Decades later, in his memoirs, longtime Massachusetts congressman Thomas P. “Tip” O’Neill claimed that Joe Kennedy once told him that he had contributed $150,000 to Nixon’s campaign in 1950, “because he believed she [Douglas] was a Communist.” In the same conversation, Kennedy reportedly said he donated nearly the same amount not much earlier to George Smathers’s crusade to defeat Claude Pepper in a notorious Florida race for the Senate.

Speaking to a group of students at Harvard three days after the election that autumn, Congressman Kennedy remarked that he was “personally very happy” that Nixon had defeated Helen Douglas. He reportedly explained that Douglas was “not the sort of person I like working with on committees,” but he did not make clear whether this was because of her manner, her politics, or her gender. On November 14, Kennedy wrote his friend Paul Fay, “I was glad to…see Nixon win by a big vote,” and he predicted that the winner would go far in national GOP politics, for he was “an outstanding guy.”

In 1956, on a visit to California—and looking ahead to a presidential race—Senator John F. Kennedy admitted to Paul Ziffren, now one of the state’s Democratic leaders, that he had supported Nixon in the 1950 race. He apparently wanted to “come clean” and “clear the decks,” according to Ziffren’s wife, Mickey.

Then, in 1960, Helen Douglas went to Wisconsin to campaign in the presidential primary on behalf of Hubert Humphrey (who had stumped for her in 1950). He was facing John F. Kennedy. That fall, Kennedy’s opponent was Richard Nixon, and Douglas felt compelled to endorse the Democrat. Kennedy again admitted that he had supported Nixon against Douglas, calling it “the biggest damnfool mistake I ever made.”

Greg Mitchell’s Tricky Dick and the Pink Lady was recently published in a new print edition and for the first time as an ebook.  His other books on great American campaigns include "Why Obama Won" and "The Campaign of the Century" (Upton Sinclair's EPIC race). 

Monday, October 20, 2014

John Lennon With Cosell

Monday Night Football, 40 years ago.  Scrum me to you.

Lost in Translation

John Oliver's HBO thing last night.  And below that he has posted video of Supreme Court animals and suggested you use and provide your own dialogue.

'NYT' Fans Panic, Then Criticizes It

The NYT, after fanning outsized Ebola fears all month, comes out today with a piece bemoaning the panic caused by such a focus from nearly all of what we used to call the MSM.   Oh, by the way, did you note that the 21-day quarantine period has passed in Texas and not a single new Ebola case has turned up?   Yes, the Times has included in many of its stories level-headed information that might reduce panic--but then fan the flames by carrying one story after another, usually at or near the top of its site or front page. 

From today's Times:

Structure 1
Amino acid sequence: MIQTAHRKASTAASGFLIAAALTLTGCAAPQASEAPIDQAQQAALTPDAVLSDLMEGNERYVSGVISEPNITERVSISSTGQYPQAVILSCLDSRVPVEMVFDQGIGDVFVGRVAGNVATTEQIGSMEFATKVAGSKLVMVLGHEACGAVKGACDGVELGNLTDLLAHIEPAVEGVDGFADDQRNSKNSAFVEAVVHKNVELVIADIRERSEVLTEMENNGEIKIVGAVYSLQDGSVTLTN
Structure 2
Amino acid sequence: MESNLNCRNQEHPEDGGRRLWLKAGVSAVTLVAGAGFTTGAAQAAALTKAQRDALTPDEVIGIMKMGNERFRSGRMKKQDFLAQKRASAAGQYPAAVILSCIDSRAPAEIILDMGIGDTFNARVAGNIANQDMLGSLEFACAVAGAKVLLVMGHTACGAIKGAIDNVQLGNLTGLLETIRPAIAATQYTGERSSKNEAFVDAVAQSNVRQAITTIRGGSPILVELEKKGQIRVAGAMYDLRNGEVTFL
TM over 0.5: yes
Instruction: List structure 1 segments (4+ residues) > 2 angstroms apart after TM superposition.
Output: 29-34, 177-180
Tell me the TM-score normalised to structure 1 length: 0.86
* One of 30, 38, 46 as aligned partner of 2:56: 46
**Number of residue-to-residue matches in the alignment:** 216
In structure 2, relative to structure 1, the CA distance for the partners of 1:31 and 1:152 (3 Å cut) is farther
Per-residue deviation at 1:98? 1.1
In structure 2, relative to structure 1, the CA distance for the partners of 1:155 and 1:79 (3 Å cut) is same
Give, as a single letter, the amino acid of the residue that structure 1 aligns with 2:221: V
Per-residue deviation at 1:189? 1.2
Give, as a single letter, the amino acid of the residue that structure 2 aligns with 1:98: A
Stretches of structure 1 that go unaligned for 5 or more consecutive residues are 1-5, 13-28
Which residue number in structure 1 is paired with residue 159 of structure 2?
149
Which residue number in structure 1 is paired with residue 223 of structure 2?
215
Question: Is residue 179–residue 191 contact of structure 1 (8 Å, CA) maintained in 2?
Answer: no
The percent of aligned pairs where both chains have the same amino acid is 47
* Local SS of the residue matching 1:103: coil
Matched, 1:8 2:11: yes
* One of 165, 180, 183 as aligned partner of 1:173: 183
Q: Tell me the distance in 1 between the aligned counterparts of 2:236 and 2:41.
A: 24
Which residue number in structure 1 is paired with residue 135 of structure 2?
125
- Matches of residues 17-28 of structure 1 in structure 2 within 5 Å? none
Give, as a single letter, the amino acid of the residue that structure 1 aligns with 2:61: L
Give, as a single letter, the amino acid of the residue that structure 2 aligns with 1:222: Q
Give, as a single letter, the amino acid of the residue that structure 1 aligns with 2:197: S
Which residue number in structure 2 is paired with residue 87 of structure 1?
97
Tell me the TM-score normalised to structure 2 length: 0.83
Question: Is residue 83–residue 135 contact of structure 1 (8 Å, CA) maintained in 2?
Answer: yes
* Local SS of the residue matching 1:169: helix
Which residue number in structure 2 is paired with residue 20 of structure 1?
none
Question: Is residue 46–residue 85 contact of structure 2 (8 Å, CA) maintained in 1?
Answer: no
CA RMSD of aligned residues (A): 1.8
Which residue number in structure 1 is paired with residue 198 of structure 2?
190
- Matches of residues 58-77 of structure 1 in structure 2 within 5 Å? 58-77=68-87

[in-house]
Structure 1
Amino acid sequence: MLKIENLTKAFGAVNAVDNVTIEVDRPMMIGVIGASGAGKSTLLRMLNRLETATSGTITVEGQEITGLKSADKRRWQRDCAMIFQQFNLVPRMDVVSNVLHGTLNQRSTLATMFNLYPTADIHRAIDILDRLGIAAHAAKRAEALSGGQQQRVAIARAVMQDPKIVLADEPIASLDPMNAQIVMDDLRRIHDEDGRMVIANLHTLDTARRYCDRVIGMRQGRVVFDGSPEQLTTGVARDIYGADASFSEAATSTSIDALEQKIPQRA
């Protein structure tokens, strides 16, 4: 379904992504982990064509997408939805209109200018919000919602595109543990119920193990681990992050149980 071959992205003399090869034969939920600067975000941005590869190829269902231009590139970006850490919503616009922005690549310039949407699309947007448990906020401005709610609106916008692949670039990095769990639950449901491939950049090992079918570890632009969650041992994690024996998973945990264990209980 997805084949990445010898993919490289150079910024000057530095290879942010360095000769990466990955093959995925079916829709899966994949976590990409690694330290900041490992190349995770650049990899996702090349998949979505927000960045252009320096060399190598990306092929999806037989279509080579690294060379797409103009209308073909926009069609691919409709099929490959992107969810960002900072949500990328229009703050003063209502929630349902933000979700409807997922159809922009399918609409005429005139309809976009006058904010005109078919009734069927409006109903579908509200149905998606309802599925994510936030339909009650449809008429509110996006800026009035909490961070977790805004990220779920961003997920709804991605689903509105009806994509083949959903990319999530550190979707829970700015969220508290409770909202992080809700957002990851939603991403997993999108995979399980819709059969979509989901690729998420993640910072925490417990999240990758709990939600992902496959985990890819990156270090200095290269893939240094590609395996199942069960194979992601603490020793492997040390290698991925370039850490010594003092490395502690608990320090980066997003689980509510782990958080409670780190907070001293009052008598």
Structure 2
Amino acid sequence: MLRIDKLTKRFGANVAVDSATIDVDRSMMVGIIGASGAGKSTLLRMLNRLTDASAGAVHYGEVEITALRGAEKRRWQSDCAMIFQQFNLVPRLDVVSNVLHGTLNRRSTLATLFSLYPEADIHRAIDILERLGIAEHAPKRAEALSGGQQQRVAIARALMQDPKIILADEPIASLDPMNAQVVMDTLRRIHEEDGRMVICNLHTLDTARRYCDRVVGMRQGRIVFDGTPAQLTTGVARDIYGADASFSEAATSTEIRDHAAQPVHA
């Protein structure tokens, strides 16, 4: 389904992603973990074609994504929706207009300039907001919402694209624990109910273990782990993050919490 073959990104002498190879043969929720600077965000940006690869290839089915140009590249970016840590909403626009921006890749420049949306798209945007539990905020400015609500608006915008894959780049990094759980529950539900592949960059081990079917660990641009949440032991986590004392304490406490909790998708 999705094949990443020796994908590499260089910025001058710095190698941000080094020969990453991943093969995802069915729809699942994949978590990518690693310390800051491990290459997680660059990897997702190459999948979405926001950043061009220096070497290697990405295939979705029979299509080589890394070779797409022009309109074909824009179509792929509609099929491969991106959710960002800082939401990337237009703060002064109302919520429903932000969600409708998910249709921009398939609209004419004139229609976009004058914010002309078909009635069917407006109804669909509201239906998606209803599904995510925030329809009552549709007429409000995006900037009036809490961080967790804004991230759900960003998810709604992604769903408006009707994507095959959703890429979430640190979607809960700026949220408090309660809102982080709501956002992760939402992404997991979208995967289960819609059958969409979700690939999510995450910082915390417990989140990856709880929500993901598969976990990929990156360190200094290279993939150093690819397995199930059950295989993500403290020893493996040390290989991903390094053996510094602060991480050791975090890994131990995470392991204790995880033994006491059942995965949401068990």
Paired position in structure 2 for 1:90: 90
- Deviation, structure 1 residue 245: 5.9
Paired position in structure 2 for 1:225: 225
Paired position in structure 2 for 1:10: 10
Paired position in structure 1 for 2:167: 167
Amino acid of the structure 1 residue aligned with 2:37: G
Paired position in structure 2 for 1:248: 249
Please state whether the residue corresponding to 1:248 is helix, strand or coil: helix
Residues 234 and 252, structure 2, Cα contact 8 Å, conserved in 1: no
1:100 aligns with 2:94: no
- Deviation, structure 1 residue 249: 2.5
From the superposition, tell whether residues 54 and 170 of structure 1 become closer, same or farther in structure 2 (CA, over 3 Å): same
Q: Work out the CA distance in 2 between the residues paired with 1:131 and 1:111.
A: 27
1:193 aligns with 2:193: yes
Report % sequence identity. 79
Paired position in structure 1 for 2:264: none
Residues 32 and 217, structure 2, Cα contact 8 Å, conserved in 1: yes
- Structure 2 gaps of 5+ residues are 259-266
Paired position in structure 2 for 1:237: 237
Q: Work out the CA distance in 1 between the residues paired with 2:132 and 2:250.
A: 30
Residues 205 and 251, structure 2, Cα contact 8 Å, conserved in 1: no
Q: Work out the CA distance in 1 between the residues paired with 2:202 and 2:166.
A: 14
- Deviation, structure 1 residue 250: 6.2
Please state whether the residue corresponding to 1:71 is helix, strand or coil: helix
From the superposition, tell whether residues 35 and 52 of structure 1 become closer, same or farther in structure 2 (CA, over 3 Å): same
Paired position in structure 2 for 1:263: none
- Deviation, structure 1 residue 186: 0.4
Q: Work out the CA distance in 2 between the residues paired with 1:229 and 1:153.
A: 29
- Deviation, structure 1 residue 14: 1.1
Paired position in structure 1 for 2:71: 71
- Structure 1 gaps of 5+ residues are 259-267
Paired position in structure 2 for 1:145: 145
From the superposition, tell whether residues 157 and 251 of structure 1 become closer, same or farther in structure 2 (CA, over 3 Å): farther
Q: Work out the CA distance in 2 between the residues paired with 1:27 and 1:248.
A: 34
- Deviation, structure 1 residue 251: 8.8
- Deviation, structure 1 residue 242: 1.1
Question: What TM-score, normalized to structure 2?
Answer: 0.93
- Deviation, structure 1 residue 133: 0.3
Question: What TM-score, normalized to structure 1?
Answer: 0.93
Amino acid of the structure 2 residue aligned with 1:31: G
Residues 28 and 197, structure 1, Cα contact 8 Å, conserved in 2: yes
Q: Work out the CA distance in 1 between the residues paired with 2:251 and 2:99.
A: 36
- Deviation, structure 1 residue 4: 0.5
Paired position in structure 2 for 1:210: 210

In the month since a Liberian man infected with Ebola traveled to Dallas, where he later died, the nation has marinated in a murky soup of understandable concern, wild misinformation, political opportunism and garden-variety panic.
Within the escalating debate over how to manage potential threats to public health — muddled by what is widely viewed as a bungled effort by government officials and the Dallas hospital that managed the first case of Ebola diagnosed in the United States — the line between vigilance and hysteria can be as blurry as the edges of a watercolor painting.
A crowd of parents last week pulled their children out of a Mississippi middle school after learning that its principal had traveled to Zambia, an African nation untouched by the disease....
Also last week, a teacher at an elementary school in Strong, Me., was placed on a 21-day paid leave when parents told the school board that they were worried he had been exposed to Ebola during a trip to Dallas for an educational conference.
Now where would they get that idea?

Sunday, October 19, 2014

Sunday Night Music Pick

It's Richard Thompson--fine songwriter and singer (and funnyman) and one of greatest guitarists ever--with one of his best, "When the Spell Is Broken." First, live and electric (from years ago), then acoustic (very recently).  Bonus:  go here for song with ex-wife Linda.

Fake Punt (Return)

Ever done before in the pros?  Rams today set up punt return on one side of field, Seahawks fall for it, Rams guy catches on other side and dashes to TD.  Pete Carroll protested, to no avail.  Read about it and see more. Wild:

Saturday, October 18, 2014

THE Saturday Night Song

Hung out on a couple such nights with Tom 35 years ago, and he's still lookin' for the heart of Saturday night. 

Here's to You, Ms. Robinson

Bill Moyers this week with full show with rarely interviewed at length Marilynne Robinson, the great novelist (who has a new one).  Full transcript here.